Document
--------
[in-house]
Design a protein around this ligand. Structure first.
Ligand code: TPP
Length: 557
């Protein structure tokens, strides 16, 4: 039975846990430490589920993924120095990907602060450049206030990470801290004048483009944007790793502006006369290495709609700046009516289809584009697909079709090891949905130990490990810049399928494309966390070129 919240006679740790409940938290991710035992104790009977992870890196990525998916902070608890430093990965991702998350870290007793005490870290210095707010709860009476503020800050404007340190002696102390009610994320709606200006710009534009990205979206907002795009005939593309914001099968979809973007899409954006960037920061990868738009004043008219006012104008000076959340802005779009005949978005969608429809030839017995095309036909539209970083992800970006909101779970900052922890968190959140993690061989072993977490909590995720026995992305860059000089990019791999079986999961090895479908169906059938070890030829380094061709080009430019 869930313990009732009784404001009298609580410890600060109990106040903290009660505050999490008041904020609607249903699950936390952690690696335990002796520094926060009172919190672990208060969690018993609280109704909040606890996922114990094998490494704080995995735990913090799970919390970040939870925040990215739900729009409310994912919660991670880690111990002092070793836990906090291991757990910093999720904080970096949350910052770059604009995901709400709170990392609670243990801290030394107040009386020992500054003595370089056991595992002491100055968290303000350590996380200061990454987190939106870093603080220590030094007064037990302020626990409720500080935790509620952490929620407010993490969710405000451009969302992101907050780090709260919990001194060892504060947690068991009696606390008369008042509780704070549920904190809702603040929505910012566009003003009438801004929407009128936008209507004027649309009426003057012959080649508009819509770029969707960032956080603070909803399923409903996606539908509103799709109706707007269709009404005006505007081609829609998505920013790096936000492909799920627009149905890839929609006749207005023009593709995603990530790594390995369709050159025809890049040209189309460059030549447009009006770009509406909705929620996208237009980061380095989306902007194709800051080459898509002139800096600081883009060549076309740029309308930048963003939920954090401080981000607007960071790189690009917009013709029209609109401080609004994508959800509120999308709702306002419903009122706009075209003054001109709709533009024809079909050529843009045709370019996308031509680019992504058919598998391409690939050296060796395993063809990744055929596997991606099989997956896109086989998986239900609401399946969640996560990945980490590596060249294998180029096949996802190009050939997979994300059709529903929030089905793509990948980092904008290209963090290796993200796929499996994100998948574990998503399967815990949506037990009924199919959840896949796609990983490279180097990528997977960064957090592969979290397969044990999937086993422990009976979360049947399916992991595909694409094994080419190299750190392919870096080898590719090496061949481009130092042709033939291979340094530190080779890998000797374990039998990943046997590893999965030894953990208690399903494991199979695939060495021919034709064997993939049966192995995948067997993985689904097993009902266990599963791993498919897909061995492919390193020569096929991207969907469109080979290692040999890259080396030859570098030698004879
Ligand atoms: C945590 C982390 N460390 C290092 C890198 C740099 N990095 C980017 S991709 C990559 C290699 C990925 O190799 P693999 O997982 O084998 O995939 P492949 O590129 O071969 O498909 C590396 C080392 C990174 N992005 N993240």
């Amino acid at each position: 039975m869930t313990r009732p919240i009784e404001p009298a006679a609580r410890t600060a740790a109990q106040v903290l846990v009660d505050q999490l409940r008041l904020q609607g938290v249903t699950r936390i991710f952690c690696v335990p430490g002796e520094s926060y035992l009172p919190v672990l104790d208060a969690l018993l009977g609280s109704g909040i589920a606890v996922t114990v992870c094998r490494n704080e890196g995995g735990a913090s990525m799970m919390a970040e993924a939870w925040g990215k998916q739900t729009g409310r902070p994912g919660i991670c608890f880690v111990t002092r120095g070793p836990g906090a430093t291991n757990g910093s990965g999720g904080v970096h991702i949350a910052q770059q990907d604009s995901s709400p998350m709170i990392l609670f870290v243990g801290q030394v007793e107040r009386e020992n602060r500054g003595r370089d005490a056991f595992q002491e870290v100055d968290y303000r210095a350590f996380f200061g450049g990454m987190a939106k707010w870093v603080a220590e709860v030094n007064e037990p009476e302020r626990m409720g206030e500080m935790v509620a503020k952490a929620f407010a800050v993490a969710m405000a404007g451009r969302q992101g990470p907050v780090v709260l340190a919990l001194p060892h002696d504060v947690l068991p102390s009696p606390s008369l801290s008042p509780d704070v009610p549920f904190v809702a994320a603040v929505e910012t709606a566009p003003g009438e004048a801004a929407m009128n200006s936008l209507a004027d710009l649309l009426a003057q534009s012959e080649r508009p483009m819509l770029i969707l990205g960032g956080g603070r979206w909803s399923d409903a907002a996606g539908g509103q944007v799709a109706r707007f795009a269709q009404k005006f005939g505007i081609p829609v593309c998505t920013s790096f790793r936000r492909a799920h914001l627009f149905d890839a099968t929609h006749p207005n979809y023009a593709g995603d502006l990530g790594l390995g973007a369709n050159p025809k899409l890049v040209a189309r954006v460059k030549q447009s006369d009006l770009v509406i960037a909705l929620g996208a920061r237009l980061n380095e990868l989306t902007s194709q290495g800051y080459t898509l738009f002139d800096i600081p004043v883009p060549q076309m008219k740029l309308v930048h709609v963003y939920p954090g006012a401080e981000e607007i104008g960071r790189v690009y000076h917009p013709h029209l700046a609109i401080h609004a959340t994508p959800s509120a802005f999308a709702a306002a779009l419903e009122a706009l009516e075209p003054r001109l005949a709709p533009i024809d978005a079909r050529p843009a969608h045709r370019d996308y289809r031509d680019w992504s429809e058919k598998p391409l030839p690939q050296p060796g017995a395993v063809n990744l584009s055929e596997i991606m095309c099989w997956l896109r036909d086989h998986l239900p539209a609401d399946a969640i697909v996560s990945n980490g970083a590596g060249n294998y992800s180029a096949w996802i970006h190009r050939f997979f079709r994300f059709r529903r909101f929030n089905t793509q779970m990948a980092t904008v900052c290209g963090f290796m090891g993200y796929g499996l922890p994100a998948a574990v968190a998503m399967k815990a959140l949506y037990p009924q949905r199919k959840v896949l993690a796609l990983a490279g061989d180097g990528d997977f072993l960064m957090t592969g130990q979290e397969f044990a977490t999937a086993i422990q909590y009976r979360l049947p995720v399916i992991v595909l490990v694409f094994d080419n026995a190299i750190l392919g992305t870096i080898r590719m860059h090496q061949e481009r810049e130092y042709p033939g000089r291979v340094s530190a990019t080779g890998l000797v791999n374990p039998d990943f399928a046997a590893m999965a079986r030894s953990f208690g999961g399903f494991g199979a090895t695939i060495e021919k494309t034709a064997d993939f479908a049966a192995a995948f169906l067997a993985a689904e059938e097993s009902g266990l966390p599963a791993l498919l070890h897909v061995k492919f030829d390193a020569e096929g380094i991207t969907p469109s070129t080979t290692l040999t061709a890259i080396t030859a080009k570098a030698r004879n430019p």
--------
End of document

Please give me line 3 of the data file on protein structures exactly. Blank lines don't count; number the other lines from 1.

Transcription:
Ligand code: TPP